Drugs that lower cholesterol to help prevent heart attacks also may thwart the most common type of stroke, researchers said.
Drugs such as Zocor and Pravachol reduced the risk of stroke by an estimated 27 percent, according to a new analysis of 12 studies involving 19,518 patients with high cholesterol.
Researchers say the drugs, known as reductase inhibitors, may avert strokes by cleaning arteries, preventing their deterioration or forestalling heart attacks, which can cause strokes later on.
The study, headed by researchers at the Bowman Gray School of Medicine in Winston Salem, N.C., is reported in today’s issue of the Archives of Internal Medicine.
Strokes, a disruption of blood flow to the brain, can cause paralysis and death. They are the primary cause of long-term disability in the United States, and kill 150,000 Americans each year, ranking behind heart disease and cancer in deadliness.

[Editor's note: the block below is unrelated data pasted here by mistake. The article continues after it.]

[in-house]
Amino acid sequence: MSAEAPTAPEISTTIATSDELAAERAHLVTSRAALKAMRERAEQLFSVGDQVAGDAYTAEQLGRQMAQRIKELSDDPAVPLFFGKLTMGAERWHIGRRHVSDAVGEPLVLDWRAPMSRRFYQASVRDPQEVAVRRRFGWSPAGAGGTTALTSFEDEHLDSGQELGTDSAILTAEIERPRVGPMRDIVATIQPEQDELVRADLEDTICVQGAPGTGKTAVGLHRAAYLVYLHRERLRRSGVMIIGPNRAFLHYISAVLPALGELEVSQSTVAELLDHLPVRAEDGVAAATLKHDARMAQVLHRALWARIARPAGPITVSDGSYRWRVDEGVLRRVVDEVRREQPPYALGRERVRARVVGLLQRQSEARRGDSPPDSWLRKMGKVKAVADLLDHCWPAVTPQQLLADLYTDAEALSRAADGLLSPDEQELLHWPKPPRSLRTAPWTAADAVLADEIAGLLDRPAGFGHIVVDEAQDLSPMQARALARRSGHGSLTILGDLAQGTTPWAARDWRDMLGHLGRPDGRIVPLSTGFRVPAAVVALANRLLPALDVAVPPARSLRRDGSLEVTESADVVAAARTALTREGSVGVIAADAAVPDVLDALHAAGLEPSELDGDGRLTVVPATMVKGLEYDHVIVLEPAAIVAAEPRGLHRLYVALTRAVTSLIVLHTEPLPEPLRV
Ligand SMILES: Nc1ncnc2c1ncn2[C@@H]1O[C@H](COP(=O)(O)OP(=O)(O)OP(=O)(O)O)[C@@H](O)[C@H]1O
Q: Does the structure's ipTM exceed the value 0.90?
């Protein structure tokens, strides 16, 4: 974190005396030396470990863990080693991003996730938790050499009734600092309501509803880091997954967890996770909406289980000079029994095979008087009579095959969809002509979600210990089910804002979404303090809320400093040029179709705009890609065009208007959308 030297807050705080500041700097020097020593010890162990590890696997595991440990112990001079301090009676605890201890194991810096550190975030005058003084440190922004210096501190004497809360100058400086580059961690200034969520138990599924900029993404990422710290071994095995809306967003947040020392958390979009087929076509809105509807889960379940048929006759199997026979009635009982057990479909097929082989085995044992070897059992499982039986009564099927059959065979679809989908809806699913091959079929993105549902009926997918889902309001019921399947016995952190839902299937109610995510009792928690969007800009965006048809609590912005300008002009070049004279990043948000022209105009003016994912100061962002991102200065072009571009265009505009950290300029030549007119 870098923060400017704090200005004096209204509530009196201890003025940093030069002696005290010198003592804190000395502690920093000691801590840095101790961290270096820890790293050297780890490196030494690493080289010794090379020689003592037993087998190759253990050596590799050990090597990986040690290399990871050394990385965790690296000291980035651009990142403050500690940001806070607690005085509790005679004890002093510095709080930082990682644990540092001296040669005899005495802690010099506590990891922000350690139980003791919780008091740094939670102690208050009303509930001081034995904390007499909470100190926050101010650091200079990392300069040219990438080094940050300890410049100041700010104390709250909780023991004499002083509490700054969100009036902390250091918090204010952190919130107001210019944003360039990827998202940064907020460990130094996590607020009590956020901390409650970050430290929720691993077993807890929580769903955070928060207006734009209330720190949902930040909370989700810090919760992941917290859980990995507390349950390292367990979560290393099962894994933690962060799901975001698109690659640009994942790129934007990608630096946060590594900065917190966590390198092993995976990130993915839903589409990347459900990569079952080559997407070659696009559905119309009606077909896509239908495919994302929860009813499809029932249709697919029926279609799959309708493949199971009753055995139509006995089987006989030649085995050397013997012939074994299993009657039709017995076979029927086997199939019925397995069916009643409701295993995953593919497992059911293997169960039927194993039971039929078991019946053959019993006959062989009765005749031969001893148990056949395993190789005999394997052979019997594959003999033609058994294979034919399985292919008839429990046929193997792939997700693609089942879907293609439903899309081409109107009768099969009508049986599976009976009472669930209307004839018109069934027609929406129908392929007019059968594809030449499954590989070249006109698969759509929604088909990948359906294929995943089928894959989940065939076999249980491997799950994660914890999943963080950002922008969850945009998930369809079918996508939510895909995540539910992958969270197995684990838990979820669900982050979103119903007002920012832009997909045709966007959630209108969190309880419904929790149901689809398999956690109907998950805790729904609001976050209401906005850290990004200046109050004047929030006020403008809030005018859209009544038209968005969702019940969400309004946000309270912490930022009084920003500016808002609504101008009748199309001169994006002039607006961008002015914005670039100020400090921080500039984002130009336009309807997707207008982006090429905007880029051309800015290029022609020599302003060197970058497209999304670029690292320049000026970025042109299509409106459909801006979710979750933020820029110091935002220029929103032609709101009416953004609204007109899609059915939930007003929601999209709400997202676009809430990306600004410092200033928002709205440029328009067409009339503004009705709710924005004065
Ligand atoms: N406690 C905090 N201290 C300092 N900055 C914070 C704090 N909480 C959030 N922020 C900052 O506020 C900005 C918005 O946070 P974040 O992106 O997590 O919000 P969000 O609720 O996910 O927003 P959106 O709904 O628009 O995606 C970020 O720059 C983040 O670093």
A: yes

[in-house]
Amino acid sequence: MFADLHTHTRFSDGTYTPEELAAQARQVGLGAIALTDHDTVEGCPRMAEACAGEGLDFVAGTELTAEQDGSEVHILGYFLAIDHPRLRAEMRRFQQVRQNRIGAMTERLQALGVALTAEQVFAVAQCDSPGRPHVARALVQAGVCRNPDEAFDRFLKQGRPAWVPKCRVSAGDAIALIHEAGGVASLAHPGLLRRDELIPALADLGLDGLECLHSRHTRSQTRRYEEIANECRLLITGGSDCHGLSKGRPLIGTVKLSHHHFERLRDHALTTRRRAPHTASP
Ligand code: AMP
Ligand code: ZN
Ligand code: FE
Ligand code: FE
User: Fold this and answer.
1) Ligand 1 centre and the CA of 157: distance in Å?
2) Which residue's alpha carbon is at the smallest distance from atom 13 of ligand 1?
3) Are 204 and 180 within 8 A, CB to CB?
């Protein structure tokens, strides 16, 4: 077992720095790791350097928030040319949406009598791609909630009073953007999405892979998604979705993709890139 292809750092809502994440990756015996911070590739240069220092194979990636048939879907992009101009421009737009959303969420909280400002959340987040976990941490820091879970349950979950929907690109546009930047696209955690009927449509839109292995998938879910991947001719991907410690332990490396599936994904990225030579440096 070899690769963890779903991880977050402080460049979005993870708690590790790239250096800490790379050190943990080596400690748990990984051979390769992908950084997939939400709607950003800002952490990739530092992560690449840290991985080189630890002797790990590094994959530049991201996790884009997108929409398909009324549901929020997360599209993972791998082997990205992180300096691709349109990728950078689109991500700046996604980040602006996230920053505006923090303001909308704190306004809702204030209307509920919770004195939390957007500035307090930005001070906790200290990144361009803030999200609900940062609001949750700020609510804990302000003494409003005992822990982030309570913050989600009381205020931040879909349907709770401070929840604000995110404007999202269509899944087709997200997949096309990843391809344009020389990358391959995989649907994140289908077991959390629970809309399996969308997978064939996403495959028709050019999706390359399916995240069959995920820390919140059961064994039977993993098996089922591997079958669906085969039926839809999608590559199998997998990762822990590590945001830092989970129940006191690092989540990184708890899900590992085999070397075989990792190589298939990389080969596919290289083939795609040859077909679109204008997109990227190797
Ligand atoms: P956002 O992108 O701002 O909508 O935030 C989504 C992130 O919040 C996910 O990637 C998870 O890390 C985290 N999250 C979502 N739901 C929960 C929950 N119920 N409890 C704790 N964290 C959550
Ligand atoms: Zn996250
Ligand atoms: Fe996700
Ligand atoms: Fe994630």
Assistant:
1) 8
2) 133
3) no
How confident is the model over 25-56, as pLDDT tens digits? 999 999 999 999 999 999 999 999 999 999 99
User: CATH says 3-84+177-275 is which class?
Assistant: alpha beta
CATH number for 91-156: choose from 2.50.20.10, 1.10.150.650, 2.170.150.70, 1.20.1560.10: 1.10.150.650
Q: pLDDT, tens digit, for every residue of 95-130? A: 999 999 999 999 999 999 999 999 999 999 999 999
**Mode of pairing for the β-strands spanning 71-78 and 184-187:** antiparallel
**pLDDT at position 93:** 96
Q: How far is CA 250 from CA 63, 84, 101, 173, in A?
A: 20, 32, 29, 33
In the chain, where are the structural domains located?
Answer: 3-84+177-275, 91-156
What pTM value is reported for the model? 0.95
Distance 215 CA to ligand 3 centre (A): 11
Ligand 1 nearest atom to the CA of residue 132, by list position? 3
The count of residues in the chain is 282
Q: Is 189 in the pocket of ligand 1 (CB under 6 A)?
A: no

Though it has long been known that arteries clogged with cholesterol cause heart attacks, only recently have researchers appreciated the role those clogged arteries play in causing strokes, said the study’s lead author, Dr. John Robert Crouse III.
The most common form of strokes are caused by blood clots in the brain. A less common form not examined in the study are caused when blood vessels bleed into the brain.
Crouse said doctors should give the drugs only to patients with elevated cholesterol levels because they limit the amount of cholesterol the body produces.
Among people taking the drugs, the researchers found a 27 percent reduction in strokes - a 15 percent drop among participants who had not had heart attacks and a 31 percent drop in strokes among heart attack survivors.
Experts believe reductase inhibitors can reduce LDL, the so-called bad cholesterol, by 30 percent to 40 percent, compared with other drugs, which reduce LDL by 10 percent to 12 percent. Lowering LDL is believed to be the most important way to modify cholesterol levels.